Nematodes Roundworms

Authored by , Reviewed by Dr Adrian Bonsall | Last edited | Meets Patient’s editorial guidelines

This article is for Medical Professionals

Professional Reference articles are designed for health professionals to use. They are written by UK doctors and based on research evidence, UK and European Guidelines. You may find the Roundworms article more useful, or one of our other health articles.

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Nematodes (roundworms) have elongated, bilaterally long cylindrical bodies which contain an intestinal system and a large body cavity. Parasitic nematodes vary in length from several millimetres to approximately 2 metres and have larval stages and adult worms of both sexes. Approximately 60 species of roundworms are parasites of humans.[1]

Some nematode infections can be transmitted directly from person to person but, in others, the nematode eggs must mature outside the host. The parasites may spend a part of their life cycle in the soil before becoming infective to humans. Nematodes commonly parasitic on humans include (click links for separate articles which provide more detail):

Cutaneous larva migrans is caused by skin penetration and subsequent migration of larvae of various nematode parasites.

  • A report by the World Health Organization (WHO) in 2005 stated that approximately 0.807-1.221 billion humans have ascariasis, 604-795 million have trichuriasis, and 576-740 million have hookworm infections worldwide.[2]
  • The bowel of a child living in poverty in a developing country is likely to be parasitised with at least one nematode and, in many cases, multiple infection (eg, whipworms, ascaris, and hookworms), with resultant impairments in physical, intellectual, and cognitive development.[1, 3]
  • The prevalence of nematode infections throughout the world is generally increasing but varies according to levels of poverty, natural disasters and human conflicts.[4] The spread of infection is also increasing in line with increased travel and mobility (eg, angiostrongyliasis and anisakiasis). However, some eradication programmes (notably for guinea worm disease) have been effective in reducing the burden of infection.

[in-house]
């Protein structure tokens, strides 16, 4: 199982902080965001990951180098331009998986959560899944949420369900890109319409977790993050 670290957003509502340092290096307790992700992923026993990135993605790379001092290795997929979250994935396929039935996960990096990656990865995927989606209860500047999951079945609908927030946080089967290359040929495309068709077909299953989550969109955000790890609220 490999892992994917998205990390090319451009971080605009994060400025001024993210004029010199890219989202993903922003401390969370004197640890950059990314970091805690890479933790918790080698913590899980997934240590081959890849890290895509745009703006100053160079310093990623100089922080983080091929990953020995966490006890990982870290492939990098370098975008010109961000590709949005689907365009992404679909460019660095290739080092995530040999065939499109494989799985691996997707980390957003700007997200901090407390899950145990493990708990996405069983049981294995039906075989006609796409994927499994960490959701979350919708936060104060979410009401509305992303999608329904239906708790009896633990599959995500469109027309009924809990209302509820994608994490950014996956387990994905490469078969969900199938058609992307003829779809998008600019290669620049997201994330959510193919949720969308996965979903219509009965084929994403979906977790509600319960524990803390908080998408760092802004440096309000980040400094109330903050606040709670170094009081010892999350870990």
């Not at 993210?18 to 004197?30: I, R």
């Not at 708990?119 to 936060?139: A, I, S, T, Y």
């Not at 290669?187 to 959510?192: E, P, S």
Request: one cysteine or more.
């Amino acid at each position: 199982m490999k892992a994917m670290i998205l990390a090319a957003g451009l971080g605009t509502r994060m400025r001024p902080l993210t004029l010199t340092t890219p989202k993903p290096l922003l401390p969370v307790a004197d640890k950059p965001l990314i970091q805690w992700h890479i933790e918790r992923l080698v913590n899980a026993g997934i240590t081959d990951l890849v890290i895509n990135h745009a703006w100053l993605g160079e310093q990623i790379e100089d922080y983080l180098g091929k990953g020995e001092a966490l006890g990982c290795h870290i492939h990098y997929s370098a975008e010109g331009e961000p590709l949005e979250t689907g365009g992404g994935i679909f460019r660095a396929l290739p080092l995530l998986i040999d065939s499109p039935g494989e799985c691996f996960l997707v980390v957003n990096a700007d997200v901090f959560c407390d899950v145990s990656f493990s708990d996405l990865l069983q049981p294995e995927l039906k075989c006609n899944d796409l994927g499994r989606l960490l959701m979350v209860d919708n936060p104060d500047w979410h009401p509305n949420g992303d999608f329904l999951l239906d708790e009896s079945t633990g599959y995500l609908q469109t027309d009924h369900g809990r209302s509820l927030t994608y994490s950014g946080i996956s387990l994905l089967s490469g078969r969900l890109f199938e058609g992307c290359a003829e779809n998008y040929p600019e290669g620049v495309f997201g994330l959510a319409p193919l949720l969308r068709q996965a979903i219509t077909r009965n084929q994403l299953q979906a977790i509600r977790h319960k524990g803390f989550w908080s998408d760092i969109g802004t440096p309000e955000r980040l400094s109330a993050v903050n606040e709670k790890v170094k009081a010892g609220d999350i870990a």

Control of nematode infections is based on drug treatment, improved sanitation and health education.

  • Antihelmintic drugs (eg, mebendazole, albendazole and tiabendazole) are often used for both symptomatic infections and for large-scale prevention of morbidity in children living in endemic areas. This has resulted in improvements in child health and education after deworming.
  • Concerns about the sustainability of periodic deworming with available drugs and the emergence of resistance mean that a great deal more needs to be done in terms of new drugs and developing effective vaccines, as well as education and alleviating poverty.

Further reading and references

  • Roundworm; NICE CKS, December 2011 (UK access only)

  • Parasites A-Z; Centers for Disease Control and Prevention

  • Cox FEG; History of Human Parasitology

  1. Stepek G, Buttle DJ, Duce IR, et al; Human gastrointestinal nematode infections: are new control methods required? Int J Exp Pathol. 2006 Oct87(5):325-41.

  2. Hökelek M et al; Nematode Infections, Medscape, Dec 2011

  3. Bethony J, Brooker S, Albonico M, et al; Soil-transmitted helminth infections: ascariasis, trichuriasis, and hookworm. Lancet. 2006 May 6367(9521):1521-32.

  4. Beyrer C, Villar JC, Suwanvanichkij V, et al; Neglected diseases, civil conflicts, and the right to health. Lancet. 2007 Aug 18370(9587):619-27.